First let me give you a little background info, I run a small business, only 20 employees, but we are split across 3 offices, with one member of staff on the road all the time.
The nature of our business means that communication is key to our success, everyone has a desk phone, a mobile, an email account and an IM account to keep in touch with each other and our clients, a lot of what we do is real time so the phones and IM play a big role in the way we communicate, but we are heavy users of email for sending specs and proposals around.
In 2006 when the business was first getting off the ground we were using our ISPs mail system, using POP accounts in the office, and IMAP when on the road and for the first 12 months or so this was fine, but we soon started to hit reliability and service issues. Our ISPs mail system became less than reliable and we were also finding it difficult to keep within their mailbox size limits, two accounts in particular were often becoming locked as they went over the size as PDFs came rolling in, basically it was a disaster...
Early in 2007 I decided enough was enough and that we needed to find an alternative, I briefly toyed with the idea of installing our own server, but at this point we only had 8 employees and it didn't seem worth the hassle, certainly MS Exchange was out of the question cost wise and although my Linux skills are not lacking I didn't fancy setting up and running our own box. I was also concerned about where to site the server because all the offices had issues of one sort or another making them less than ideal for housing a 24/7 service.
Eventually I settled on Gmail, it hadn't really occurred to me before this point but their service is reliable, space is a non-issue, and their domain services were getting better and better. The Google chat service also came in handy... We remained using Gmail as our primary email service right until December of 2008, by which time we had gained another 6 employees and were extremely busy.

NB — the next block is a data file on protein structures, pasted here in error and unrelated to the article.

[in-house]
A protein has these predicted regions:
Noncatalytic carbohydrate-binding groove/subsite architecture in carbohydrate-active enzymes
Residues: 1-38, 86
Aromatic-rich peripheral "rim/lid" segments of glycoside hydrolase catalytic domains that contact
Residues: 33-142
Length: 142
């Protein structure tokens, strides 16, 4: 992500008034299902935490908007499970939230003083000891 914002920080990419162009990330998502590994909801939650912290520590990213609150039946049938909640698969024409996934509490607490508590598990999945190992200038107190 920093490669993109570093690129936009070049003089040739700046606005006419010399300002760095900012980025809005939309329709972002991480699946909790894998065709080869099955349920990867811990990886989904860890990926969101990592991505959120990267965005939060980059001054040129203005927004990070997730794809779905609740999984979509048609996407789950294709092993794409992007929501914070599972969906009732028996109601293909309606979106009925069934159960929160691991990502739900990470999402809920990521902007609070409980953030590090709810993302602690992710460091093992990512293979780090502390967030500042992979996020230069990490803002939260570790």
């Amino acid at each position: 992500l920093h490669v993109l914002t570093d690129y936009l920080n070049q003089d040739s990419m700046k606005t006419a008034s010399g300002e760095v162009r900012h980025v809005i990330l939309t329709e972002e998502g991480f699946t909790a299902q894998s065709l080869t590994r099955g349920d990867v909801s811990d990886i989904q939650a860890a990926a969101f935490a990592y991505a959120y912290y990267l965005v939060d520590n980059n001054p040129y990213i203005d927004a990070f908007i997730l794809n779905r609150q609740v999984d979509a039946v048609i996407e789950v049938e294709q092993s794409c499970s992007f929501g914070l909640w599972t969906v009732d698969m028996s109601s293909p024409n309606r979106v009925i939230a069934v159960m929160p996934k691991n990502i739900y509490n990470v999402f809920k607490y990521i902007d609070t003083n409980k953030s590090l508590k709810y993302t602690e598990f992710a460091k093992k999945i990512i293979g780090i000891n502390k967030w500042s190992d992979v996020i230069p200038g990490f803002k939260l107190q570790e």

Shortly before Christmas 2008 I took on another 3 members of staff, and at around this time we had started to find the limits of our Gmail service, one of our offices was constantly having connectivity issues and we were also desperate for a better calendaring service and some way of sharing a group contact list. One of the new starters was a techie and we again started to look at hosting our own service but were again caught between the barriers of cost of using MS Exchange, which we knew would give us exactly what we needed in terms of familiarity and features, and trying to run our own system based on open source alternatives which although good, would mean retraining some staff members and possibly a whole raft of compatibility issues we didn't have the time to sort out properly.
So...what I've been building up to over the last 4 or 5 long paragraphs is that in Feb of 2009 we started using a Hosted Exchange Server service. It has been a total revelation, we have all our employees on the same version of Outlook 2007 (license is included in the monthly fee) and we can all now share calendars, book meetings properly with visibility of what other people are doing and we have a proper company shared address book, not to mention all the other little details of Outlook that make it so much easier on everyone
Moving over to the service was relatively painless, a few MX record changes, which your host could easily do for you if you're not 100% comfortable with DNS, and then just a case of logging into our hosts admin portal and setting up new mailboxes and distribution lists.
The real beauty of it is that we are paying only per mailbox, so for a small company like ours the overhead of Exchange Licenses and buying and running our own server is totally gone. We have managed to get around the space issue too by purchasing more space only for the mailboxes that use it, and for only a few dollars a month extra.
In total our monthly fee is around $200 for the entire company mail requirements, even if we expand more over the next 12 months this is substantially lower over the financial year than the cost of buying a server (with a realistic lifespan of 2-3 years) and then licensing 20 copies of Outlook and Exchange Licensing annually, not to mention the support costs of running the server and the worry about connectivity to it.
All in all, I couldn't be happier, for any small business I would heartily recommend looking into the plans available as there is something to cater for just about everyone if you look around and the money saved can be huge!
by: Ben Hayward
About the Author:
Author: Ben Hayward, IT tech, please visit some of my other sites for more information
USB Drive Review
Hosted Exchange Server